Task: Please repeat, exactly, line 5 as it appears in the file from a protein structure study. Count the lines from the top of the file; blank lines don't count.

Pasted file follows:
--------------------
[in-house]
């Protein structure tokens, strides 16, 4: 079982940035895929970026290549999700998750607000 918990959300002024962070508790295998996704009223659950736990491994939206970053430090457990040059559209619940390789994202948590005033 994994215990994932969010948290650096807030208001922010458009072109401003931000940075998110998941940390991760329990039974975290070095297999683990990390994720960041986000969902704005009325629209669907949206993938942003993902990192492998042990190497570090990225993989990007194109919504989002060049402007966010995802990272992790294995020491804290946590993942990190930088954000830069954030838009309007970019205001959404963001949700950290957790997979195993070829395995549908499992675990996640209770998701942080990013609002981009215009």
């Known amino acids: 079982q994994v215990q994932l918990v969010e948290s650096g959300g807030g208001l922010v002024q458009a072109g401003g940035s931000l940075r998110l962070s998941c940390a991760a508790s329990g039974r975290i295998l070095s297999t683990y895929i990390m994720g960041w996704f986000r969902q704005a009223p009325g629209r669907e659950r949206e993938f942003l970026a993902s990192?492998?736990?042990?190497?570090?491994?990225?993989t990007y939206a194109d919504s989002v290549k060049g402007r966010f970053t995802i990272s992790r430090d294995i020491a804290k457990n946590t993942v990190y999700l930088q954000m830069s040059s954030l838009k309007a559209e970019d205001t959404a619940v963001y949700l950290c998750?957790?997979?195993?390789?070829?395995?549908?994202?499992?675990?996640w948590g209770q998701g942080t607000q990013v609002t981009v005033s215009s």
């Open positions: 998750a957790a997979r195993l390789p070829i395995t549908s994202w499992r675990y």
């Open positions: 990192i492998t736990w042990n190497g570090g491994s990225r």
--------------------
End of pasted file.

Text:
């Open positions: 990192i492998t736990w042990n190497g570090g491994s990225r």